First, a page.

GT Racing in the late 90s
The return of sportscars
The BPR and FIA series arose from a desire for people to race sportscars.
The daft idea of equiping sportscars with Formula 1 engines had pushed Group C costs beyond even that which factory teams were prepared to pay, and the FIA's unwillingness to promote the series properly (and Bernie Ecclestone's desire to keep F1 as the only game in town as far as TV coverage was concerned), led to its demise.
For a couple of years Le Mans struggled on, with ever decreasing fields. However, in 1993, they ran a class for GT cars. This class was supposed to attract the supercars, like the XJ220, the Bugatti EB110, Lamborghinis and Ferraris. It succeeded.
TWR Jaguar sent a pair of XJ220s and the GT field was filled out with, mainly, Porsche 911s and Venturis (the small French manufacturer being the early front runner in BPR races).
GT cars were nothing new, however, to Le Mans, or sportscar racing. Group 5 had been a GT class, albeit with much freer regulations and cars like the GT40 and Porsche 917 had, notionally, been road cars. The 935 was, probably, the ultimate racing version of the Porsche 911.
Porsche 935J (For Joest - thanks Peter Vanginderhuysen) at Le Mans
Whilst other manufacturers, such as BMW and Ferrari had run factory blessed entries at Le Mans and in the US.
Group 5 BMW M1, Le Mans 1981
IMSA Spec Ferrari 512BB, Le Mans 1983
Meanwhile, Stefan Ratel, Jurgen Barth and M.Peter had got together to form the BPR. This was, essentially, an organisation run by, and for, privateers keen to race their sportscars. Even at this early stage costs were beyond the clubbie racer, but an impressive number of wealthy privateers were keen to run their cars on circuits, including Montlhery, the banked circuit near Paris. Races were 4 hours long with, typically, two drivers.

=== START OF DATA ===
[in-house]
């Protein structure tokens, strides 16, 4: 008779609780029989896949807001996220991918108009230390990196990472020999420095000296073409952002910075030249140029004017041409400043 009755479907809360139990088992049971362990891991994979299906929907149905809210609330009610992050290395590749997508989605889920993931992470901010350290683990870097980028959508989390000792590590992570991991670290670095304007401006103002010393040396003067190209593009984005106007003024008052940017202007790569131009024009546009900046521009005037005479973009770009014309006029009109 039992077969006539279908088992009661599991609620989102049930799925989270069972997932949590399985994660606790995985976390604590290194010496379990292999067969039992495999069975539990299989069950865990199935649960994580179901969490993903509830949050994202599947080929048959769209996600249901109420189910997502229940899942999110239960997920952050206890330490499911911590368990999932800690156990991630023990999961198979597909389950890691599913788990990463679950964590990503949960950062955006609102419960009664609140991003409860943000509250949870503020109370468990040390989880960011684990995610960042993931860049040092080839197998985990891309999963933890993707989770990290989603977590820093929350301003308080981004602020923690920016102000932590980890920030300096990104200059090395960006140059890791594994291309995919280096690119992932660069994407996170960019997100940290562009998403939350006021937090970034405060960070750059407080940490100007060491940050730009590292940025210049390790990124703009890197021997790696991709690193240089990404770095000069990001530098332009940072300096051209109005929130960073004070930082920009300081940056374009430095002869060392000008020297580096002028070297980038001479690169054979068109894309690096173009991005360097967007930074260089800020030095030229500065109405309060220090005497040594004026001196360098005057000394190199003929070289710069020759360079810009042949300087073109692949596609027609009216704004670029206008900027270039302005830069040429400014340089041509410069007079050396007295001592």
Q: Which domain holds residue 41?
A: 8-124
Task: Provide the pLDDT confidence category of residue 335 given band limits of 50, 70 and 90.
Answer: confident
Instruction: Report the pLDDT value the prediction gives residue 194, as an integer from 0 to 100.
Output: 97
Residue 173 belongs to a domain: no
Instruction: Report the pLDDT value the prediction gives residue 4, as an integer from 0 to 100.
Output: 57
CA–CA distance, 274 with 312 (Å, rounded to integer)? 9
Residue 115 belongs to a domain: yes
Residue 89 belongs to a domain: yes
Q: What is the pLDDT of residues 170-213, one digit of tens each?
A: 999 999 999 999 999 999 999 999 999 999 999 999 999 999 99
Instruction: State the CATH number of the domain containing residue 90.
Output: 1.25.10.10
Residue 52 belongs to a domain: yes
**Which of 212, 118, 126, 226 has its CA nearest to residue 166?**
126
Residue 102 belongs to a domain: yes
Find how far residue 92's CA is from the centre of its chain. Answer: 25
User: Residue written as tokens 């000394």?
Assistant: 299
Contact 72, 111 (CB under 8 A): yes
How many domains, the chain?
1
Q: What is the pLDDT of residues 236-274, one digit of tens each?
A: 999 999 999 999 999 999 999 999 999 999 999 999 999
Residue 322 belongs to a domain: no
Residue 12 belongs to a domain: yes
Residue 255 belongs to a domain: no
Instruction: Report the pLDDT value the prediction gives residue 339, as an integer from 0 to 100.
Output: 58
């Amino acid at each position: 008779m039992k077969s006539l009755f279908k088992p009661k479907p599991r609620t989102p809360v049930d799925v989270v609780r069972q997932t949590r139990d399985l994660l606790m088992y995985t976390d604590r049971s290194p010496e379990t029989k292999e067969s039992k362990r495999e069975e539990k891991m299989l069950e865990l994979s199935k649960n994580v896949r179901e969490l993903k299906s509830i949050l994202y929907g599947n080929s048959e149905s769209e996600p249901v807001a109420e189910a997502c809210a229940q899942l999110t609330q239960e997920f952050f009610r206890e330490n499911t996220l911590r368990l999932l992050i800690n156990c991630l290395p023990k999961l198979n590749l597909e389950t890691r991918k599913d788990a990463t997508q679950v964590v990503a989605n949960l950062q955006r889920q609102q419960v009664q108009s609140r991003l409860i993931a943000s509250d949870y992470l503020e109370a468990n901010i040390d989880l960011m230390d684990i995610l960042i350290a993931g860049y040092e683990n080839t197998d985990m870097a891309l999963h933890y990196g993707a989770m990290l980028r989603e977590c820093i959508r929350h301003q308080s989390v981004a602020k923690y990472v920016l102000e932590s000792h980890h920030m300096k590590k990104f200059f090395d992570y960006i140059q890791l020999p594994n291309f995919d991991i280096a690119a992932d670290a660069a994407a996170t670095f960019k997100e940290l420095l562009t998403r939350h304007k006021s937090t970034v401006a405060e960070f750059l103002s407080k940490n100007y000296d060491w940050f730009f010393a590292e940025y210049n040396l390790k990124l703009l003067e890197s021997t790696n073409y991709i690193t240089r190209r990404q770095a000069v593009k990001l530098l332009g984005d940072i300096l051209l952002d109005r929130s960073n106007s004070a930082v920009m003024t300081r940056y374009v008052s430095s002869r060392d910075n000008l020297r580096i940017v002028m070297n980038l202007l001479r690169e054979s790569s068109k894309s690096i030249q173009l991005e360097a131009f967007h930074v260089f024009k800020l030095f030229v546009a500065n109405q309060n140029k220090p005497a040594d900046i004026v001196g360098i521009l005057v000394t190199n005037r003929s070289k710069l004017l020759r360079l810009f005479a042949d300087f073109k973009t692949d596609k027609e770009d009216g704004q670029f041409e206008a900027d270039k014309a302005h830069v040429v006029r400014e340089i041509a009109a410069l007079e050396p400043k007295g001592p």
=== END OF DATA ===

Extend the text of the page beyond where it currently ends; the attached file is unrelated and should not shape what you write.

The burgeoning fields and growing interest in the BPR series saw the level of professionalism rise rapidly. From a group of well off privateers trailering their 911s in, the series rapidly grew into a series with supercars like the Ferrari F40 and, most notably, the amazing McLaren F1 being run by professional teams.
Ferrari F40, Le Mans 1995
The Le Mans winning McLaren F1, 1995
Fortunately, this increase in professionalism (and, therefore, cost) was identified and GT2 was created (much as C2 had existed) to allow the lower powered, less expensive cars a chance to compete, if not for outright victory, at least for a realistic class win.
This allowed teams to run Porsche 911s, Chevrolet Corvettes and Marcii on relatively low budgets. In time, though, Dodge moved their fearsome V10 Vipers into GT2 (not wanting to build a semi-prototype) and moved the goalposts for that class too.
Dodge Viper, Le Mans 1996
Marcos LM600, Le Mans 1996
By 1997, however GT1 was in danger of turning into a prototype class. At Le Mans in 1996, Porsche had stunned the sportscar world by introducing the new 911 GT1 (The first GT1 911 was nothing more than overboosted GT2 and proved highly unreliable). This car, dubbed 'The Van' because it had no rear windows, was wider and lower than any 911 built as a road car and ran a Group C 962 engine. It narrowly missed winning Le Mans, but mopped up in all the BPR races it ran in.
Porsche 911 GT1, Le Mans 1996
In 1997, Mercedes arrived in the newly FIA approved GT series with a travesty of a GT car. With no road going versions of the mid-engined CLK, it's hard to see why the FIA agreed to let Mercedes race and, although technically, having a road legal ride height, the aerodynamics of the car ensure it rides as low as 10mm from the ground at speed, producing almost Group C like downforce.
The CLK GT at Laguna Seca, 1997
Porsche's all-conquering 911 GT1 was rendered obsolete at a stroke, by the Mercedes and an FIA restriction on turbo engines airflow. McLaren, however, with their normally aspirated BMW V12s, made a valiant attempt to keep pace with Porsches and Mercedes and were the only manufacturer able to challenge Mercedes.
McLaren F1, 1997
Regulations under discussion for 1998, suggest the use of a 30mm 'plank' to ensure a sensible ride height, but with the Mercedes and the Nissans (seen at Le Mans only) and, possibly, the new Toyotas, GT1, at least, is teetering on the brink of expensive self destruction.
Nissan GT1, Le Mans 1997
It can only be hoped that sensible self-regulation will see a series in which manufacturers compete as no series has ever flourished when one manufactuer dominates.
To keep up to date on GT racing, check Total MotorSport.
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